On June 29 and 30 the Germans undertook the assault. The major groups defending the fortress was gradually being destroyed and broken up, and the headquarters was smashed. The Citadel didn't raise the white flag. Dozens of bombers circled
over the fortress and showered powerful bombs onto it. Enemy tanks penetrated the Citadel's courtyard and fired continuously in the region of the Brest Gate.
During this assault there were killed a lot of commanding officers. On June 30, the wounded and exhausted commanding officers of the joint force Captain Zubachov and Commissar Fomin were taken captive after the general assault.
Commissar Fomin was shot by the Kholm Gate. Captain Zubachov died in a nazi concentration camp. On June 30 after the artillery gun firing the Hitlerites occupied the greater part of the fortification of the East Fort, the wounded
were taken captive. The commanding officer of the German 45th Infantry Division wrote:
"June 30. The assault was readied with petrol, oil and grease. All this was rolled into the forts trenches in barrels and bottles, which we expected to bum with granades and incendiary bullets".
After fierce continuous fighting the enemy troops occupied most of the fortress. But the fighting went on even though instead of a joint defence there were only isolated centres of resistance - which nonetheless fought on even more stubbornly and ferociously.
Till 12th of June a small group of soldiers together with major Gavrilov kept on fighting. It was in the north-west section of the external earthwork where Gavrilov emptied his TT pistol and on July 23, the nazis finally captured the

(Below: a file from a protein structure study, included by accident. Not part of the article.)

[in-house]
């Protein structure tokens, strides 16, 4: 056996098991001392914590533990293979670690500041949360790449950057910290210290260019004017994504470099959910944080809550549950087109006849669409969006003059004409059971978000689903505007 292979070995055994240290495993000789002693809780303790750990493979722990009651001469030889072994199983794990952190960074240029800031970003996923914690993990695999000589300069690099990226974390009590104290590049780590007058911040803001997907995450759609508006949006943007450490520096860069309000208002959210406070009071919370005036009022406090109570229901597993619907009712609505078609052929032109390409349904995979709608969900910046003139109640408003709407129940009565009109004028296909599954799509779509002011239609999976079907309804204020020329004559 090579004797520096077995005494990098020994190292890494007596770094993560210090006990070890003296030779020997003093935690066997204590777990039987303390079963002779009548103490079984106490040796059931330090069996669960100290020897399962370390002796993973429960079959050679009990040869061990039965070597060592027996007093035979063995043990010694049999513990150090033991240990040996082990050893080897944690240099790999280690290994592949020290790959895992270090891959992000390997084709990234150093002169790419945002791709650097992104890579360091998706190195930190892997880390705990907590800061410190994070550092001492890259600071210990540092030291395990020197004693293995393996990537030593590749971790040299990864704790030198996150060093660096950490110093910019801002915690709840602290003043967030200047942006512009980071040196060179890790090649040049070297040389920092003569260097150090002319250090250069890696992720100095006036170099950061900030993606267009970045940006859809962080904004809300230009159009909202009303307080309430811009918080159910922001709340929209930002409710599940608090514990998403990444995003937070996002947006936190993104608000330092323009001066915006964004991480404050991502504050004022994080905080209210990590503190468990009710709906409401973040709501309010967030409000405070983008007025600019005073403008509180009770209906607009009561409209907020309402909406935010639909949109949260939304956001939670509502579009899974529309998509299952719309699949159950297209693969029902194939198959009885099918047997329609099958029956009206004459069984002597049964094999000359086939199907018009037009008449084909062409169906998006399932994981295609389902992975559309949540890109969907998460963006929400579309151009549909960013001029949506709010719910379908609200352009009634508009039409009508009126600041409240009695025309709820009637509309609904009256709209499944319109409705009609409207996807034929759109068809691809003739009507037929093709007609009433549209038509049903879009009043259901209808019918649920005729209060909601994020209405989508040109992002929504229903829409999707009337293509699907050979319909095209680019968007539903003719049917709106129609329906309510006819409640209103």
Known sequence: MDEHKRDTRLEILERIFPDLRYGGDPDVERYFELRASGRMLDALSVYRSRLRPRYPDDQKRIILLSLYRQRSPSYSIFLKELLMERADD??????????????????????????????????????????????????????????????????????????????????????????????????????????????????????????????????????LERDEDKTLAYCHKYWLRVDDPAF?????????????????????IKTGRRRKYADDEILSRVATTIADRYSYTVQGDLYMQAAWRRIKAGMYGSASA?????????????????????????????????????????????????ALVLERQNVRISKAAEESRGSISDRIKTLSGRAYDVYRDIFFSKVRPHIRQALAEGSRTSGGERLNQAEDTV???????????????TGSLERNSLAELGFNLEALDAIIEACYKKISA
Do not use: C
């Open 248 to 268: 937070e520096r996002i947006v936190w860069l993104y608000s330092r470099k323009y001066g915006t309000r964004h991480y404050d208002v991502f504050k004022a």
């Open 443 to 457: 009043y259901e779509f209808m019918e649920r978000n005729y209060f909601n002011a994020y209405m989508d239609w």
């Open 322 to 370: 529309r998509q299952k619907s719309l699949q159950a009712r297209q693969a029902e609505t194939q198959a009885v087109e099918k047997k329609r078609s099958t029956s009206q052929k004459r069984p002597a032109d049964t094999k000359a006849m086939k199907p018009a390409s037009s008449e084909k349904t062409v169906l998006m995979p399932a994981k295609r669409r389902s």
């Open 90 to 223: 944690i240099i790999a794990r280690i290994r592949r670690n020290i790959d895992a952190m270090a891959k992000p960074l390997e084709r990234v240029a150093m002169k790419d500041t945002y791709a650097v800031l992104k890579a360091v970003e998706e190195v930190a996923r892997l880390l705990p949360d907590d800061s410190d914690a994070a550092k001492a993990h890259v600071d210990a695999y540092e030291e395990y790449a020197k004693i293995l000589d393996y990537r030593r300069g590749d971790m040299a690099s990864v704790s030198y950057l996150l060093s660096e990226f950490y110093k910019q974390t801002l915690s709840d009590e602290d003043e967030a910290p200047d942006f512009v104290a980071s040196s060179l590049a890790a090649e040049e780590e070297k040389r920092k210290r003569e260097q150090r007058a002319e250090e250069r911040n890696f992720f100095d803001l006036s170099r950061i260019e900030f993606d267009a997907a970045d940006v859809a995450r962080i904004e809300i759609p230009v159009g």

zounded and exhausted Major Gavrilov. He was liberated from a nazi concentration camp in April 1945.
The last days of the defence are covered with legends. During those days the inscriptions were made by the last defenders.
They said: "We'll die but we'll not leave the fortress". "I'm dying but I won't surrender. Farewell, Motherland. 20.VII.41."
The enemy couldn't get a single Red Army standard on the territory of the Fortress. At the critical moment Junior Sergeant Rodion Semenyuk and two other soldiers buried the standard of the 393rd Anti-Aircraft Artillery Battalion in
one of the casemates on the East Fort west side. Fifteen years later, Semenyuk returned to Brest, found the spot and dug the standard up.
The basements of the White Palace of the Engineering Headquarters building, the barracks of the
333rd Rifle Regiment were the last centres of resistance in the Citadel. The enemy used the disposal to put an end to resistance here.
General Schlieper, commanding officer of the German 45th Division, wrote in one of his reports: "The 81st Combat Engineers' Battalion was given the task of blowing up this building on the Central Island ... in order to put an end